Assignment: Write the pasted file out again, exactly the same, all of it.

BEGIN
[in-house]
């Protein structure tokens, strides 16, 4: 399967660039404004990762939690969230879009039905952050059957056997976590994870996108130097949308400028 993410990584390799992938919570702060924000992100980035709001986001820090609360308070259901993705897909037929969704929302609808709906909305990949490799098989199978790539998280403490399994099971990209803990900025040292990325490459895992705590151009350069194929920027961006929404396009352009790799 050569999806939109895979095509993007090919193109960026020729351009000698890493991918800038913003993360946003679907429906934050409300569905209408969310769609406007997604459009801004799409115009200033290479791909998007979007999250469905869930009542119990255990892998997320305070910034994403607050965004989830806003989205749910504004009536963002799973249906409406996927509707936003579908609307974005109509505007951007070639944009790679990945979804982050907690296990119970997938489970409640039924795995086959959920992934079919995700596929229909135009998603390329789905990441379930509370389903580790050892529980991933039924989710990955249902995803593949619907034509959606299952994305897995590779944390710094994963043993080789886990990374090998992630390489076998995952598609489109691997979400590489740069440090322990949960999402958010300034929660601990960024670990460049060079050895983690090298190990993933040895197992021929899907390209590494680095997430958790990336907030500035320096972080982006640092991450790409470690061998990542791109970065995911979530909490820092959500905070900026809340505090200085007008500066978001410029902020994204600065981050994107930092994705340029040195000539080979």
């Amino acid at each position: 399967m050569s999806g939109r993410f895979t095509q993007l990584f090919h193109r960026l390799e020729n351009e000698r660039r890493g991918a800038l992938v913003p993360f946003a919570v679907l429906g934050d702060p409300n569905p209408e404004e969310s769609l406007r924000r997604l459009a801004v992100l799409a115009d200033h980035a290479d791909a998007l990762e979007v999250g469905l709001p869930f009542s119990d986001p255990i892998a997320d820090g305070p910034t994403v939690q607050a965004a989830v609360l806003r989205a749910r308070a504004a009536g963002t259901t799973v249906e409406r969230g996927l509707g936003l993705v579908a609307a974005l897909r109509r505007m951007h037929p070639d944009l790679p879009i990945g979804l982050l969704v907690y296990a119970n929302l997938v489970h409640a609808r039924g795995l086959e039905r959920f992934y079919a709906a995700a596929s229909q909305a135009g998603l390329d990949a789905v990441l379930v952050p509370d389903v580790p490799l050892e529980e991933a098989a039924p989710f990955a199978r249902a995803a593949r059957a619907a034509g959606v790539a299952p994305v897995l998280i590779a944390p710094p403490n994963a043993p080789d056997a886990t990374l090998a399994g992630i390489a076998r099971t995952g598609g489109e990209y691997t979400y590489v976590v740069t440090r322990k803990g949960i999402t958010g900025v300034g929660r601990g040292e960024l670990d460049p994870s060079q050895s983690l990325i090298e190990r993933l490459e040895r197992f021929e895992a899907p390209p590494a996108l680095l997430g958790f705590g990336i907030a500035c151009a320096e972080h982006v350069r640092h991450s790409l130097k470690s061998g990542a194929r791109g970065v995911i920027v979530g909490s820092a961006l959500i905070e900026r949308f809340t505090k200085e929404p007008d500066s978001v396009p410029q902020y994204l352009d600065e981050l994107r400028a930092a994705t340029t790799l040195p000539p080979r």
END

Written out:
[in-house]
């Protein structure tokens, strides 16, 4: 399967660039404004990762939690969230879009039905952050059957056997976590994870996108130097949308400028 993410990584390799992938919570702060924000992100980035709001986001820090609360308070259901993705897909037929969704929302609808709906909305990949490799098989199978790539998280403490399994099971990209803990900025040292990325490459895992705590151009350069194929920027961006929404396009352009790799 050569999806939109895979095509993007090919193109960026020729351009000698890493991918800038913003993360946003679907429906934050409300569905209408969310769609406007997604459009801004799409115009200033290479791909998007979007999250469905869930009542119990255990892998997320305070910034994403607050965004989830806003989205749910504004009536963002799973249906409406996927509707936003579908609307974005109509505007951007070639944009790679990945979804982050907690296990119970997938489970409640039924795995086959959920992934079919995700596929229909135009998603390329789905990441379930509370389903580790050892529980991933039924989710990955249902995803593949619907034509959606299952994305897995590779944390710094994963043993080789886990990374090998992630390489076998995952598609489109691997979400590489740069440090322990949960999402958010300034929660601990960024670990460049060079050895983690090298190990993933040895197992021929899907390209590494680095997430958790990336907030500035320096972080982006640092991450790409470690061998990542791109970065995911979530909490820092959500905070900026809340505090200085007008500066978001410029902020994204600065981050994107930092994705340029040195000539080979």
């Amino acid at each position: 399967m050569s999806g939109r993410f895979t095509q993007l990584f090919h193109r960026l390799e020729n351009e000698r660039r890493g991918a800038l992938v913003p993360f946003a919570v679907l429906g934050d702060p409300n569905p209408e404004e969310s769609l406007r924000r997604l459009a801004v992100l799409a115009d200033h980035a290479d791909a998007l990762e979007v999250g469905l709001p869930f009542s119990d986001p255990i892998a997320d820090g305070p910034t994403v939690q607050a965004a989830v609360l806003r989205a749910r308070a504004a009536g963002t259901t799973v249906e409406r969230g996927l509707g936003l993705v579908a609307a974005l897909r109509r505007m951007h037929p070639d944009l790679p879009i990945g979804l982050l969704v907690y296990a119970n929302l997938v489970h409640a609808r039924g795995l086959e039905r959920f992934y079919a709906a995700a596929s229909q909305a135009g998603l390329d990949a789905v990441l379930v952050p509370d389903v580790p490799l050892e529980e991933a098989a039924p989710f990955a199978r249902a995803a593949r059957a619907a034509g959606v790539a299952p994305v897995l998280i590779a944390p710094p403490n994963a043993p080789d056997a886990t990374l090998a399994g992630i390489a076998r099971t995952g598609g489109e990209y691997t979400y590489v976590v740069t440090r322990k803990g949960i999402t958010g900025v300034g929660r601990g040292e960024l670990d460049p994870s060079q050895s983690l990325i090298e190990r993933l490459e040895r197992f021929e895992a899907p390209p590494a996108l680095l997430g958790f705590g990336i907030a500035c151009a320096e972080h982006v350069r640092h991450s790409l130097k470690s061998g990542a194929r791109g970065v995911i920027v979530g909490s820092a961006l959500i905070e900026r949308f809340t505090k200085e929404p007008d500066s978001v396009p410029q902020y994204l352009d600065e981050l994107r400028a930092a994705t340029t790799l040195p000539p080979r």